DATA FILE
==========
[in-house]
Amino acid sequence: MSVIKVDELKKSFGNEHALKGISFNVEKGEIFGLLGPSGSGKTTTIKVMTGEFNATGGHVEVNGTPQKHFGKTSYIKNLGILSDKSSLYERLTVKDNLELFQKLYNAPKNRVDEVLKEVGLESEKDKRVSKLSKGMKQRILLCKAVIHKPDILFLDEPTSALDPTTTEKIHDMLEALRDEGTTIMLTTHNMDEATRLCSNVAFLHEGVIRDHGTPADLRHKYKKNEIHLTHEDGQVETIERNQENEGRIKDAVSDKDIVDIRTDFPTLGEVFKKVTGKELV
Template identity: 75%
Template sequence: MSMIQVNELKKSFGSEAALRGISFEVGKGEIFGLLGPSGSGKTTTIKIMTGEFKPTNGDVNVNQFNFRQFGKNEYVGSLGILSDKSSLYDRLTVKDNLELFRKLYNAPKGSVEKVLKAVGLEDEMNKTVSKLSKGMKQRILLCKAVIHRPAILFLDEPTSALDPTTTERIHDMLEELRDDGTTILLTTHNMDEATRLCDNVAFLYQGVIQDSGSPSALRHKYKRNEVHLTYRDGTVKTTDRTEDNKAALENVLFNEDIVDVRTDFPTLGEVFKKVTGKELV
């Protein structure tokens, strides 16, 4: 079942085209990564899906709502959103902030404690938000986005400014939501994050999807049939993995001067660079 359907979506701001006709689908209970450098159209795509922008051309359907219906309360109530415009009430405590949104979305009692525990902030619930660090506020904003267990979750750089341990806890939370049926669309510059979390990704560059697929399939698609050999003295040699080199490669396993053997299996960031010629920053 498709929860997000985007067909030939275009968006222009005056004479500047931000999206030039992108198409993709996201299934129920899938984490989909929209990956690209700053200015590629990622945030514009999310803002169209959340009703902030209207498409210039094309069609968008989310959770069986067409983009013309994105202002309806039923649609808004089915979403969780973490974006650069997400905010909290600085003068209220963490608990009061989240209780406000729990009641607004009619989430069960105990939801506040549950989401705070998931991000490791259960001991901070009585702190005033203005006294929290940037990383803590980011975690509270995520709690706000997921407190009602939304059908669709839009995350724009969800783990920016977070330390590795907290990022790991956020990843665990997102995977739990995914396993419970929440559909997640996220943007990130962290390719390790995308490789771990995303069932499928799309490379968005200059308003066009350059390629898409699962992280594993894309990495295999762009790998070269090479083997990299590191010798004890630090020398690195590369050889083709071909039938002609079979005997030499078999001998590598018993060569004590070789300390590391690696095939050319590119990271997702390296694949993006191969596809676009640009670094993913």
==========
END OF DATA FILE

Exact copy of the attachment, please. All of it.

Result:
[in-house]
Amino acid sequence: MSVIKVDELKKSFGNEHALKGISFNVEKGEIFGLLGPSGSGKTTTIKVMTGEFNATGGHVEVNGTPQKHFGKTSYIKNLGILSDKSSLYERLTVKDNLELFQKLYNAPKNRVDEVLKEVGLESEKDKRVSKLSKGMKQRILLCKAVIHKPDILFLDEPTSALDPTTTEKIHDMLEALRDEGTTIMLTTHNMDEATRLCSNVAFLHEGVIRDHGTPADLRHKYKKNEIHLTHEDGQVETIERNQENEGRIKDAVSDKDIVDIRTDFPTLGEVFKKVTGKELV
Template identity: 75%
Template sequence: MSMIQVNELKKSFGSEAALRGISFEVGKGEIFGLLGPSGSGKTTTIKIMTGEFKPTNGDVNVNQFNFRQFGKNEYVGSLGILSDKSSLYDRLTVKDNLELFRKLYNAPKGSVEKVLKAVGLEDEMNKTVSKLSKGMKQRILLCKAVIHRPAILFLDEPTSALDPTTTERIHDMLEELRDDGTTILLTTHNMDEATRLCDNVAFLYQGVIQDSGSPSALRHKYKRNEVHLTYRDGTVKTTDRTEDNKAALENVLFNEDIVDVRTDFPTLGEVFKKVTGKELV
């Protein structure tokens, strides 16, 4: 079942085209990564899906709502959103902030404690938000986005400014939501994050999807049939993995001067660079 359907979506701001006709689908209970450098159209795509922008051309359907219906309360109530415009009430405590949104979305009692525990902030619930660090506020904003267990979750750089341990806890939370049926669309510059979390990704560059697929399939698609050999003295040699080199490669396993053997299996960031010629920053 498709929860997000985007067909030939275009968006222009005056004479500047931000999206030039992108198409993709996201299934129920899938984490989909929209990956690209700053200015590629990622945030514009999310803002169209959340009703902030209207498409210039094309069609968008989310959770069986067409983009013309994105202002309806039923649609808004089915979403969780973490974006650069997400905010909290600085003068209220963490608990009061989240209780406000729990009641607004009619989430069960105990939801506040549950989401705070998931991000490791259960001991901070009585702190005033203005006294929290940037990383803590980011975690509270995520709690706000997921407190009602939304059908669709839009995350724009969800783990920016977070330390590795907290990022790991956020990843665990997102995977739990995914396993419970929440559909997640996220943007990130962290390719390790995308490789771990995303069932499928799309490379968005200059308003066009350059390629898409699962992280594993894309990495295999762009790998070269090479083997990299590191010798004890630090020398690195590369050889083709071909039938002609079979005997030499078999001998590598018993060569004590070789300390590391690696095939050319590119990271997702390296694949993006191969596809676009640009670094993913």